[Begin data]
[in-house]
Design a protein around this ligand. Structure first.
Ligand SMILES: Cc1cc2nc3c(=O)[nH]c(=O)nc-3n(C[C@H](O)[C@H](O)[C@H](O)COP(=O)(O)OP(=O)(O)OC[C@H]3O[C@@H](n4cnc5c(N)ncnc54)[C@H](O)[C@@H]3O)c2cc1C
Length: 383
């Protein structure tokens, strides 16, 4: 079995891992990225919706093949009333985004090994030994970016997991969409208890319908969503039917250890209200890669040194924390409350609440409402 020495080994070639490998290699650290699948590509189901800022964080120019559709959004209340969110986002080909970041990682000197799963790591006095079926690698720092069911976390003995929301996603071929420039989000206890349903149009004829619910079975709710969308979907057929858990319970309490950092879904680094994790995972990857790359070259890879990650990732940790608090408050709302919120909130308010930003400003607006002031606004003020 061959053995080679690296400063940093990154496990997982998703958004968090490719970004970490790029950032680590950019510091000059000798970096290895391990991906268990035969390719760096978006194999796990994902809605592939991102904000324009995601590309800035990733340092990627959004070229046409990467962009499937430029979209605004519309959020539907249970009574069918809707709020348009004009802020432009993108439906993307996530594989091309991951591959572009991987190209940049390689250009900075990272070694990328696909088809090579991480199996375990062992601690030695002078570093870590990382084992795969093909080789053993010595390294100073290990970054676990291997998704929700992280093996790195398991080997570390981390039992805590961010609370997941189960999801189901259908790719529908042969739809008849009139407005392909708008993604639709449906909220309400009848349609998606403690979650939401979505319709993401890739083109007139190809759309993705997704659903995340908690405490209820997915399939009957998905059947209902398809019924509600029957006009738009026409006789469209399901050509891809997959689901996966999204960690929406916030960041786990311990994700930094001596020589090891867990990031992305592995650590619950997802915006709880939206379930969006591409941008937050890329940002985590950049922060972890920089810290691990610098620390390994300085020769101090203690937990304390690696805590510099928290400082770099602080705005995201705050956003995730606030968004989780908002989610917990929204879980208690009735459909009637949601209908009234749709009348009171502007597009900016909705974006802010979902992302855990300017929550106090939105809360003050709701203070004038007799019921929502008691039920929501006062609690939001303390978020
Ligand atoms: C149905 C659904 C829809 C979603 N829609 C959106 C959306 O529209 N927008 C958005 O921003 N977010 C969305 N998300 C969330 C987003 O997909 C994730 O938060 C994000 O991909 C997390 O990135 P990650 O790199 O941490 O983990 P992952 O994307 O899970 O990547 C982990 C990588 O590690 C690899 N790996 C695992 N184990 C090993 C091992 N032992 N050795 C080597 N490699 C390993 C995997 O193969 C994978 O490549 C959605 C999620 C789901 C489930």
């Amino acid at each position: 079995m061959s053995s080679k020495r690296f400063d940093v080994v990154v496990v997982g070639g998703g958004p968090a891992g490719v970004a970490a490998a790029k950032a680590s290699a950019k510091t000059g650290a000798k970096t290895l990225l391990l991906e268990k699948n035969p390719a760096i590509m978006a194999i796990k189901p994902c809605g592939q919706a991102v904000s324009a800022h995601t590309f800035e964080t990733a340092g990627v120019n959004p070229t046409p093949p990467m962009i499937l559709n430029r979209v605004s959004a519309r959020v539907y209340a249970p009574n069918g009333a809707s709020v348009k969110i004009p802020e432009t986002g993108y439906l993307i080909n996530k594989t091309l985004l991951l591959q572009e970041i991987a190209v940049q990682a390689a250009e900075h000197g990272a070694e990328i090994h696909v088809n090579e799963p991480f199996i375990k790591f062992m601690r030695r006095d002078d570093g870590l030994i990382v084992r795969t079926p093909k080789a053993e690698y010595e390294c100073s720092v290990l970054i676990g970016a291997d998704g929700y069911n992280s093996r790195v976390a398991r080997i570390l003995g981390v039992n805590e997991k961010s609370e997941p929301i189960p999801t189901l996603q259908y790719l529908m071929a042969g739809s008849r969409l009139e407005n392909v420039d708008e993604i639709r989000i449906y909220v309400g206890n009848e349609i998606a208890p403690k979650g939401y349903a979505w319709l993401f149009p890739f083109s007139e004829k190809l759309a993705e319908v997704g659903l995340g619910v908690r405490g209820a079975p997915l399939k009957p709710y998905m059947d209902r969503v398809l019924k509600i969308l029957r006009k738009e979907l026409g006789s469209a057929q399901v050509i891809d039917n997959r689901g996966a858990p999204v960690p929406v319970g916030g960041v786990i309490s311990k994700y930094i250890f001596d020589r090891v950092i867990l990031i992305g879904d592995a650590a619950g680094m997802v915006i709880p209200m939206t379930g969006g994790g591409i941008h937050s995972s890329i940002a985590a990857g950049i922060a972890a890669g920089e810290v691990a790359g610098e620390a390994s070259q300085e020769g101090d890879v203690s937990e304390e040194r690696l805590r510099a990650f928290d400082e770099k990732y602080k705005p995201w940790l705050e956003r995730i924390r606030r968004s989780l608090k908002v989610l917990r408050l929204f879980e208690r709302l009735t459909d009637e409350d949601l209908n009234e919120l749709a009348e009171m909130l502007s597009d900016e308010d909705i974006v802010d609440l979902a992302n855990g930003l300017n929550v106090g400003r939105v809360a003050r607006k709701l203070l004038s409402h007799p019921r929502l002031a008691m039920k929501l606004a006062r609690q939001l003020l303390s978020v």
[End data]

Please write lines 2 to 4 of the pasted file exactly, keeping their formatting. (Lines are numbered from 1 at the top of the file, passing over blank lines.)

Design a protein around this ligand. Structure first.
Ligand SMILES: Cc1cc2nc3c(=O)[nH]c(=O)nc-3n(C[C@H](O)[C@H](O)[C@H](O)COP(=O)(O)OP(=O)(O)OC[C@H]3O[C@@H](n4cnc5c(N)ncnc54)[C@H](O)[C@@H]3O)c2cc1C
Length: 383